Posts Tagged ‘Gytha Parmentier’

This little gem comes to the National from Belgium via the Edinburgh fringe. Good to see the NT hosting an overseas company again.

Writer / director Carly Wijs’ highly original play tells the story of the Beslan siege through the eyes of the children, played by just two young actors, Gytha Parmentier and Roman Van Houtven, both terrific. They create the footprint of the school with chalk on a black floor and begin by telling us where everything is and where everyone was at the beginning of the morning on the swelteringly hot first day of school. They then explain events as they unfold in a very factual and, well, childlike way. They stretch string back and forth the stage to show how the gym was wired with bombs. Numbers play a big part, written in chalk on the back wall. They describe both the actions of the hostages (us) and their captors (them).They re-enact the rescue, through to their trip to hospital and their joy at their fifteen minutes of fame.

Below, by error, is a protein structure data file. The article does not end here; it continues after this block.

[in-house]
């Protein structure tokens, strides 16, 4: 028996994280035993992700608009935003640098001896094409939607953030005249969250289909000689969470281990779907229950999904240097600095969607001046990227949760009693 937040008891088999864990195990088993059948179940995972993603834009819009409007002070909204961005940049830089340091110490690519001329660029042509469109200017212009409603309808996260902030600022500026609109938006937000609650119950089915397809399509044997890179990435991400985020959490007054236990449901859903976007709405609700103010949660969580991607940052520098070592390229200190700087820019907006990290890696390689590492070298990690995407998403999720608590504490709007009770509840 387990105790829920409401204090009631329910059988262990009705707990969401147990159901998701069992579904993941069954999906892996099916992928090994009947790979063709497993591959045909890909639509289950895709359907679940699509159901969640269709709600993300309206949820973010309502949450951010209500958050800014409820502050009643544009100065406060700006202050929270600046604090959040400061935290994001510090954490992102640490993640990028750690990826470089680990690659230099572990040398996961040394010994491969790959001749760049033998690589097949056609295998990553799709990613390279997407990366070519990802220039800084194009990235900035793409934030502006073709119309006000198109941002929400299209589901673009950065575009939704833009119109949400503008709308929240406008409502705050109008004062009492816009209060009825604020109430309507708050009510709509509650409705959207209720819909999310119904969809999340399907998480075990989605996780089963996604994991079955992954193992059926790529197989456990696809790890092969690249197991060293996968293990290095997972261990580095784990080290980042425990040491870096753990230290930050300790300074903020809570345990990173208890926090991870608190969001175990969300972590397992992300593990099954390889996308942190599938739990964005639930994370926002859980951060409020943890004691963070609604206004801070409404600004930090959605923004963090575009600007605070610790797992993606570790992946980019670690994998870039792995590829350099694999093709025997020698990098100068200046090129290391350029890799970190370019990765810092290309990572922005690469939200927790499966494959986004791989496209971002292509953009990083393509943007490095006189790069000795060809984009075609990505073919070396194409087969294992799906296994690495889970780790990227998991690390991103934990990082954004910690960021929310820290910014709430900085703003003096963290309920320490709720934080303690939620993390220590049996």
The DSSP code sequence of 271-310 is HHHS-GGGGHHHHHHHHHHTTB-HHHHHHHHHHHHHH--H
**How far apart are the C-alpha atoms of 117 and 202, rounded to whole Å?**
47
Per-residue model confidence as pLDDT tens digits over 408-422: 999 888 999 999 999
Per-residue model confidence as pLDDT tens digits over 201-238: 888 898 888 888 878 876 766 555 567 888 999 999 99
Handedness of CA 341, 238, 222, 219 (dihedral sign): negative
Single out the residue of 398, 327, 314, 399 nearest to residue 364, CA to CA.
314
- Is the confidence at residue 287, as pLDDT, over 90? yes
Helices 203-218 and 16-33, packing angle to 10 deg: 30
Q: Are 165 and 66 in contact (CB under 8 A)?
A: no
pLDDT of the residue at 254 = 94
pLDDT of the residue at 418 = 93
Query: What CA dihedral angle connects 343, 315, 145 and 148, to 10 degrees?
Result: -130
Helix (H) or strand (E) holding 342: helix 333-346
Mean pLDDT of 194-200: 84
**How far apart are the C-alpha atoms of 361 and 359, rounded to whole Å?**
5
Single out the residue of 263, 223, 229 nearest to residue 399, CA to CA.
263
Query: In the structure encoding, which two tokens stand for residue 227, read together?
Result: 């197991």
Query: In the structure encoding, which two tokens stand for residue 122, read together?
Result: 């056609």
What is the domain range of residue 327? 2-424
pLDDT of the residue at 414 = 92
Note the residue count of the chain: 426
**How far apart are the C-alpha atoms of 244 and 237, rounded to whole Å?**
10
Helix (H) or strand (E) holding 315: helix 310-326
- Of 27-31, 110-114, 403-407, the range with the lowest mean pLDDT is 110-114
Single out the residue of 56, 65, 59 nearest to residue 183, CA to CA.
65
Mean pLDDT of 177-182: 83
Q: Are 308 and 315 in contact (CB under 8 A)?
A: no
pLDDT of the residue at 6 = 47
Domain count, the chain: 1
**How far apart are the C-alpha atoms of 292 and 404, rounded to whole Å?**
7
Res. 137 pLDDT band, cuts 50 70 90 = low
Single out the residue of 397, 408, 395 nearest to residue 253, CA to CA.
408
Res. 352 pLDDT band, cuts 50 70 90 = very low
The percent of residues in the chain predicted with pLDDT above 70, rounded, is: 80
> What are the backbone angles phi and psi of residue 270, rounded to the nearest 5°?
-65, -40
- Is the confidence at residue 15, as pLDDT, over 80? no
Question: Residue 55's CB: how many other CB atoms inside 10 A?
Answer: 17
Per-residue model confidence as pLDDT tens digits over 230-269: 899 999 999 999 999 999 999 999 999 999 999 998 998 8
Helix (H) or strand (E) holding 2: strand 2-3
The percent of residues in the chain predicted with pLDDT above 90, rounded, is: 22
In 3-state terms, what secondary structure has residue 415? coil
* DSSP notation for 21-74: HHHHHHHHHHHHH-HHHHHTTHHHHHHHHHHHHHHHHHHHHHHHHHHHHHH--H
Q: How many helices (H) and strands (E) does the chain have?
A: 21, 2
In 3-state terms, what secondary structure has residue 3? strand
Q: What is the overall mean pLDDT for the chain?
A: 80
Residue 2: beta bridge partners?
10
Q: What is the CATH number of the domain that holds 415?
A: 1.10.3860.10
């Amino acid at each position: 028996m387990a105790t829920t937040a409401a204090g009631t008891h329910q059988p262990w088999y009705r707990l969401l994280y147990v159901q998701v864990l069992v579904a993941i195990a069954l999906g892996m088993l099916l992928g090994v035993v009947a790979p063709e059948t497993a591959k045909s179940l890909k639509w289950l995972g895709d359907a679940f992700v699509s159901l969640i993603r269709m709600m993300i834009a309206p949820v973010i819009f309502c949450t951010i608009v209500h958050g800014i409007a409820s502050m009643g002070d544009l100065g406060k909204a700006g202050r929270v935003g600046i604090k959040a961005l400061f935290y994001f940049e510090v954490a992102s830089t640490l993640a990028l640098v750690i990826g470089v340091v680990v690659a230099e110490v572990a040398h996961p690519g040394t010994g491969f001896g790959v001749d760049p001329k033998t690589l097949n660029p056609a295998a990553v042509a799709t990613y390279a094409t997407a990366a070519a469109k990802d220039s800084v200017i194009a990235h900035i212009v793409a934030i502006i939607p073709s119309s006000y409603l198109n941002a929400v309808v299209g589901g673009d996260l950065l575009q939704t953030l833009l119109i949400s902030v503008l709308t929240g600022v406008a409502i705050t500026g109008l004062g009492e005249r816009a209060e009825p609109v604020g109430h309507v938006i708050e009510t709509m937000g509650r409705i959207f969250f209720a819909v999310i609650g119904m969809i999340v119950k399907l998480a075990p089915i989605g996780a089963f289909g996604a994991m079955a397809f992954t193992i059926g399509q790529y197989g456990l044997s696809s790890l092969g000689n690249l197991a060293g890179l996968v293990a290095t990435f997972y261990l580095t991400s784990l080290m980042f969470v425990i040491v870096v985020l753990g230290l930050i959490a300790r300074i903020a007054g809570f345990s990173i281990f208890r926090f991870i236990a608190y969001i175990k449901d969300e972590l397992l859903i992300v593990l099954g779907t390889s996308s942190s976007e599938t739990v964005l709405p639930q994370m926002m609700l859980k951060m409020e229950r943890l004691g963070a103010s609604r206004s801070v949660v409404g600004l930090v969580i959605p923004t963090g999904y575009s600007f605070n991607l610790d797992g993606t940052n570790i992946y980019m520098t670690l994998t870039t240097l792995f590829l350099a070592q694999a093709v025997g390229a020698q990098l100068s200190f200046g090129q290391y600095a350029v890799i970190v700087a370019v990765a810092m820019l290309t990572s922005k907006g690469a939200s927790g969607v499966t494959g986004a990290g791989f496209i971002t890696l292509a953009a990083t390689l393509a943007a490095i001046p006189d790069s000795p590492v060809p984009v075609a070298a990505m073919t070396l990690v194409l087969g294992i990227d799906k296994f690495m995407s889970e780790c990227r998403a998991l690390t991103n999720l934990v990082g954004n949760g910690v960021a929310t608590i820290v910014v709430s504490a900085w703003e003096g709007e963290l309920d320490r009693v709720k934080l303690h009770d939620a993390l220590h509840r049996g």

The performances capture every nuance of the behaviour of children, laying it out logically, factually and unemotionally. The combination of innocence, curiosity and obsession with certain facts and details is authentic, charming and moving. It’s mostly told looking straight at the audience, but at times dance-like movement is used very effectively. It might sound odd when I say that a play about a dreadful tragedy is beautiful and captivating, but that’s what it is.

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